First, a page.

Portrayal of Women in Indian Media

Smiti Padhi*


This research article aims to highlight the various initiatives taken by the media worldwide and in India to promote a gender neutral society and enumerate certain case studies from films, ads and the media where the media has done its best to perpetuate gender bias and accentuate gender stereotypes existing in society.


While a 2012 report of the World Bank on “Gender Equality and Development” estimates that around 2.5 lakh girls were killed in India due to their sex over the last twenty years, the 2011 census shows that the sex ratio in the age group 0-6 had fallen in 21 states and union territories from 2001. Media, undoubtedly, plays a vital role in shaping our disposition towards women .The report of the world conference of United Nations Decade for Women: Equality, Development and Peace, Copenhagan, July 1980, acknowledges the power of mass media in the following words: – “……Mass media can help remove prejudices and stereotypes, accelerate the acceptance of the new role of women in society and promote their role as equal partners in the process of development.”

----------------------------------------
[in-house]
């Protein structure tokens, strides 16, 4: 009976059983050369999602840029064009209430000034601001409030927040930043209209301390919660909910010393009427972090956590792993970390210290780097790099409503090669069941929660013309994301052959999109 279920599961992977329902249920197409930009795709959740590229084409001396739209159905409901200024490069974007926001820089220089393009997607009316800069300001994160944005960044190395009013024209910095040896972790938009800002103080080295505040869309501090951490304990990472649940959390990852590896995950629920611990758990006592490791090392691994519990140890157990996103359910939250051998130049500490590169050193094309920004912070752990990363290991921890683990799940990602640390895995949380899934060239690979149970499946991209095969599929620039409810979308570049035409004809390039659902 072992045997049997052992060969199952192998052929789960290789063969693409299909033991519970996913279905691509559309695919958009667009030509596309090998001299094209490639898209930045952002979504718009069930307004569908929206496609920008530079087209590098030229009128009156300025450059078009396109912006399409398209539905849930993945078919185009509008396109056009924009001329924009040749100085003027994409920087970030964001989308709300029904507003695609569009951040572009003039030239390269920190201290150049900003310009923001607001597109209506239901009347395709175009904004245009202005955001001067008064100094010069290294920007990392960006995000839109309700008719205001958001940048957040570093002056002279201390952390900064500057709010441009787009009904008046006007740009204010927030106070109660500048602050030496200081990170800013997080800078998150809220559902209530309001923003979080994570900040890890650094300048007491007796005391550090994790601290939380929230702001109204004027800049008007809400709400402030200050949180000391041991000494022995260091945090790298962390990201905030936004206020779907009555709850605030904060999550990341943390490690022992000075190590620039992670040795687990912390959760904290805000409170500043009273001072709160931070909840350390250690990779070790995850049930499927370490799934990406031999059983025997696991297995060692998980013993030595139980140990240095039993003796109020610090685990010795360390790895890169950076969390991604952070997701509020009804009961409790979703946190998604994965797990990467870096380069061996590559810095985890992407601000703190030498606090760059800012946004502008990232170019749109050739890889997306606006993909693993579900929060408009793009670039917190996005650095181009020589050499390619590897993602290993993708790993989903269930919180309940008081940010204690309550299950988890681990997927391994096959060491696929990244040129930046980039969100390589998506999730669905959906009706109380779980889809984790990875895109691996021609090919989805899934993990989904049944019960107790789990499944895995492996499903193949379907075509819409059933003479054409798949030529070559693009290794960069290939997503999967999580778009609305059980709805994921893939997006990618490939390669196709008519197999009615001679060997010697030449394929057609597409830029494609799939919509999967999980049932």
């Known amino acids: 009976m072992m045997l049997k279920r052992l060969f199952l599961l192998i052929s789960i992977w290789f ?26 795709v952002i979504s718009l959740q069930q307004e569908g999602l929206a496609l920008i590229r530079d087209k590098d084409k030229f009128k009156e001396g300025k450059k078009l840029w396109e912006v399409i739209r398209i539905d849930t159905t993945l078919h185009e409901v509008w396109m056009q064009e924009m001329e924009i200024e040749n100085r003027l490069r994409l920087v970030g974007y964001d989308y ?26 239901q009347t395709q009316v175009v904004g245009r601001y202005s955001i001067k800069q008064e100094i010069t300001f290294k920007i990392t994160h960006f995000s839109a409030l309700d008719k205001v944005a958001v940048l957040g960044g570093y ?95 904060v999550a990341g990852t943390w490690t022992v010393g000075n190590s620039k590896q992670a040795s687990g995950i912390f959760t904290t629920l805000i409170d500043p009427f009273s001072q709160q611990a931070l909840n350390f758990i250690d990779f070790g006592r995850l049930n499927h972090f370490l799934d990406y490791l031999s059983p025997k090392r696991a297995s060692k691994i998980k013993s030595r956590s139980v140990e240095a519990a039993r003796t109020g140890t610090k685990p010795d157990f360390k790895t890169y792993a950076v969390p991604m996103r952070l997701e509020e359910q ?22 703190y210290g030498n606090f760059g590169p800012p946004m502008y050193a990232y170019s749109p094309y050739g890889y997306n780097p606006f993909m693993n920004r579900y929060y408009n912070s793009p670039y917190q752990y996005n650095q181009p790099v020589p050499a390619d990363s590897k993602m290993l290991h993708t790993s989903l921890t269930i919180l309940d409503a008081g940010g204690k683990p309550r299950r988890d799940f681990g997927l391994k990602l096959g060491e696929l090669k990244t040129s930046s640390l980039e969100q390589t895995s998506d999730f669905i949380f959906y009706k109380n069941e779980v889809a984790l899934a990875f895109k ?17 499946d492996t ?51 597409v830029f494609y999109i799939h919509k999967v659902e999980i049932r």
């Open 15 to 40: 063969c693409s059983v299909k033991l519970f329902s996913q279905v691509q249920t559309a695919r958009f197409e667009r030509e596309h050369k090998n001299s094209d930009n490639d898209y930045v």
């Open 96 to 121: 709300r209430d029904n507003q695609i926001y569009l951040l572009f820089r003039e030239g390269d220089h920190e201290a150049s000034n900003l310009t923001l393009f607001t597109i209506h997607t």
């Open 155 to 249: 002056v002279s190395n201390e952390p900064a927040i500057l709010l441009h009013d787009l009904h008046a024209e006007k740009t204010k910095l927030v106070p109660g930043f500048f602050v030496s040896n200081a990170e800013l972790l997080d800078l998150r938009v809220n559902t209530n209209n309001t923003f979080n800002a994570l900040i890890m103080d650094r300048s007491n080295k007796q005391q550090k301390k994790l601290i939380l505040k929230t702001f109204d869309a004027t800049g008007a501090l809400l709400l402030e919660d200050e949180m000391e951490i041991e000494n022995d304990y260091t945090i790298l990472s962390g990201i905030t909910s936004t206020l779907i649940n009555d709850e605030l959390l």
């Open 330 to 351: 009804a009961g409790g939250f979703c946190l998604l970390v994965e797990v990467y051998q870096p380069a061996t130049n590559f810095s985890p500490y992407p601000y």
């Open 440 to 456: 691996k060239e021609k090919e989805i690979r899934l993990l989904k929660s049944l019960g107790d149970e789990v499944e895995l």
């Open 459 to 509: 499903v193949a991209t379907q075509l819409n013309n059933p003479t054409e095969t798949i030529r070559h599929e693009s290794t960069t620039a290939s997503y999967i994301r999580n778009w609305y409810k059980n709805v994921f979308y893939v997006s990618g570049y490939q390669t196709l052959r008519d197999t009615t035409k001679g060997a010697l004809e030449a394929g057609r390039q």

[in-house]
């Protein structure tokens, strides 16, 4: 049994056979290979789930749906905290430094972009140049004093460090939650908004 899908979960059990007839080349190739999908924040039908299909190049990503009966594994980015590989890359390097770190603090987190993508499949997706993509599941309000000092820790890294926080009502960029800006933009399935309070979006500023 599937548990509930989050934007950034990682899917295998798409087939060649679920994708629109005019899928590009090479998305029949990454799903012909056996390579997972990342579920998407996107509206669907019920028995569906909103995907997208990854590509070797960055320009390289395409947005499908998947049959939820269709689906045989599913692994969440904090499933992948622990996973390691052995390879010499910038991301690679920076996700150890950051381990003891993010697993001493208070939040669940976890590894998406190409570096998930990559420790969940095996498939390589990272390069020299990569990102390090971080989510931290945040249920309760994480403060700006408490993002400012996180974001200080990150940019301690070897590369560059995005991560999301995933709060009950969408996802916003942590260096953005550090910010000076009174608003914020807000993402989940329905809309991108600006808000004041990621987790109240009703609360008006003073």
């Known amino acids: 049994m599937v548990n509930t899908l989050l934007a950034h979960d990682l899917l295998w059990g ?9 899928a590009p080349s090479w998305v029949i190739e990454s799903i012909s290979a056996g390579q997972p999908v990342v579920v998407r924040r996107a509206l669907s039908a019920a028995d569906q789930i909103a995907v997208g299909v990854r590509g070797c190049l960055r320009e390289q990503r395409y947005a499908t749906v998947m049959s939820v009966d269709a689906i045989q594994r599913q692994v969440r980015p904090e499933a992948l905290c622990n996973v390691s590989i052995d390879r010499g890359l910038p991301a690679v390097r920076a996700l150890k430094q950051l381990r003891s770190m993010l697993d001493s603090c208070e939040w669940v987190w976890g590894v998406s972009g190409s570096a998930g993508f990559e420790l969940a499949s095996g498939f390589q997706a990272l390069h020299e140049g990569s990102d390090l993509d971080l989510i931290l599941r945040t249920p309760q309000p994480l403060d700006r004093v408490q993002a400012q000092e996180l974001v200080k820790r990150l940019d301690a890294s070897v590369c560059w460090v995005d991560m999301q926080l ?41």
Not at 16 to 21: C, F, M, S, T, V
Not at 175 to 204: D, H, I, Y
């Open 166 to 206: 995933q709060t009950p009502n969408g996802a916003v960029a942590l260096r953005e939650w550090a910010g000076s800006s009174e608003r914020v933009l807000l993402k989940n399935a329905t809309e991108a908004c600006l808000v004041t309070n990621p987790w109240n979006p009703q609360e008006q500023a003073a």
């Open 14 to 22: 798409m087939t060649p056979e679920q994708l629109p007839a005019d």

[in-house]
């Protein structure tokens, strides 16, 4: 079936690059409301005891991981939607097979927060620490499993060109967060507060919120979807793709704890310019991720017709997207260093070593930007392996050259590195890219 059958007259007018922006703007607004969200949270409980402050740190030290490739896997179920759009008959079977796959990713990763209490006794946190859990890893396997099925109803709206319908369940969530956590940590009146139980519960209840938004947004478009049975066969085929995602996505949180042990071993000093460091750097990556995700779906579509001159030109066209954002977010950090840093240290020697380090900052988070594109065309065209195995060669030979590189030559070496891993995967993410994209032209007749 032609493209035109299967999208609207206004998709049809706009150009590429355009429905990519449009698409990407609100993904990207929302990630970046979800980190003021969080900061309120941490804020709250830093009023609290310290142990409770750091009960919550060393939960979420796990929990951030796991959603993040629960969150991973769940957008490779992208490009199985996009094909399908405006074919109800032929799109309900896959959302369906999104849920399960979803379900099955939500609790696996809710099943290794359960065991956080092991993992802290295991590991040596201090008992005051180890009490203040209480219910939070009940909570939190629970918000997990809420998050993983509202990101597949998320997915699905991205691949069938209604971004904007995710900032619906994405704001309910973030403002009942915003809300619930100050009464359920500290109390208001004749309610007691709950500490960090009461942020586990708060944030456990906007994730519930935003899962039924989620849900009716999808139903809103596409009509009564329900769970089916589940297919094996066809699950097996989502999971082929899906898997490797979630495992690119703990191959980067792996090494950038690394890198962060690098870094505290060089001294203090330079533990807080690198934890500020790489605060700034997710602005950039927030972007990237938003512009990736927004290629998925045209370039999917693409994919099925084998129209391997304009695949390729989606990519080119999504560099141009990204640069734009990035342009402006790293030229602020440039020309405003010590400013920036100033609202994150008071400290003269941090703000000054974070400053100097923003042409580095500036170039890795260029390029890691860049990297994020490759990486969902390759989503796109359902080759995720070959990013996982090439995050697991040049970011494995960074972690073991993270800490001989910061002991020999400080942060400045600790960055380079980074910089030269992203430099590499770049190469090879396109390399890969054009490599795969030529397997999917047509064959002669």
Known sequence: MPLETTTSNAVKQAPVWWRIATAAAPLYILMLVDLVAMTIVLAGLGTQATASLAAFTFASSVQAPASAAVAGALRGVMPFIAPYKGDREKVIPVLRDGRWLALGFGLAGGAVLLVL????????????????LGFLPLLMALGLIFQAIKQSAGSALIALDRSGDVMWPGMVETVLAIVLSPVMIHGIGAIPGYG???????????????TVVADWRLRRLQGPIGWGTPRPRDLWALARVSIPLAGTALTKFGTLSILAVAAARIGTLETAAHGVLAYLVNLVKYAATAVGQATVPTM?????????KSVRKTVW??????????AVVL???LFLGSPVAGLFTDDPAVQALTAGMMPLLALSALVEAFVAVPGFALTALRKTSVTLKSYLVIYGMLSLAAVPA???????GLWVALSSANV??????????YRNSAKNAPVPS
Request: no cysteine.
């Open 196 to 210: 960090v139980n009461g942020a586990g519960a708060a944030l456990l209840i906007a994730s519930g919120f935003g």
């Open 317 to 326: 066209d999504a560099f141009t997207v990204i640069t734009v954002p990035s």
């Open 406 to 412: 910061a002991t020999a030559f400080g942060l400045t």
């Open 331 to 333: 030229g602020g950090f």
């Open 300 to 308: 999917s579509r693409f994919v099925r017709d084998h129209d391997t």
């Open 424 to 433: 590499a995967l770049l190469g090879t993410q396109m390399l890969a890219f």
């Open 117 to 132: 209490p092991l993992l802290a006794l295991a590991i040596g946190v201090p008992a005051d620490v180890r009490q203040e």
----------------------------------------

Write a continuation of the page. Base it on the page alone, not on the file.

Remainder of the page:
Such facts lead us to not only ruminate over the role of media in promoting a gender neutral society, but also deconstruct media messages and reflect upon the gender stereotypes or hierarchy created, maintained and accentuated by our mass mediums like the notions of a woman’s clothes being provocations for rape and abuse, a man being the head of the household, women being the property of a man who is created to attend his needs and comforts, ideas of ‘honour’ of a woman, homemaking being the sole responsibility of women etc. Many a time patriarchal ideology is made to emerge as ‘objective’, non-gendered’ and ‘neutral’ in mass mediums that masses perceive as reality. Working women constantly live with the additional guilt of not being able to coddle and care their family as depicted in mass mediums.

Study Methods

Case studies of Indian advertisements, films, newspaper articles and reports.

Objectives of Study

To assess gender sensitivity of media (films, advertisements, news stories ) in India (selection of stories, portrayal of women, use of gender neutral language, sensitivity towards issues of women etc).

Gender bias in media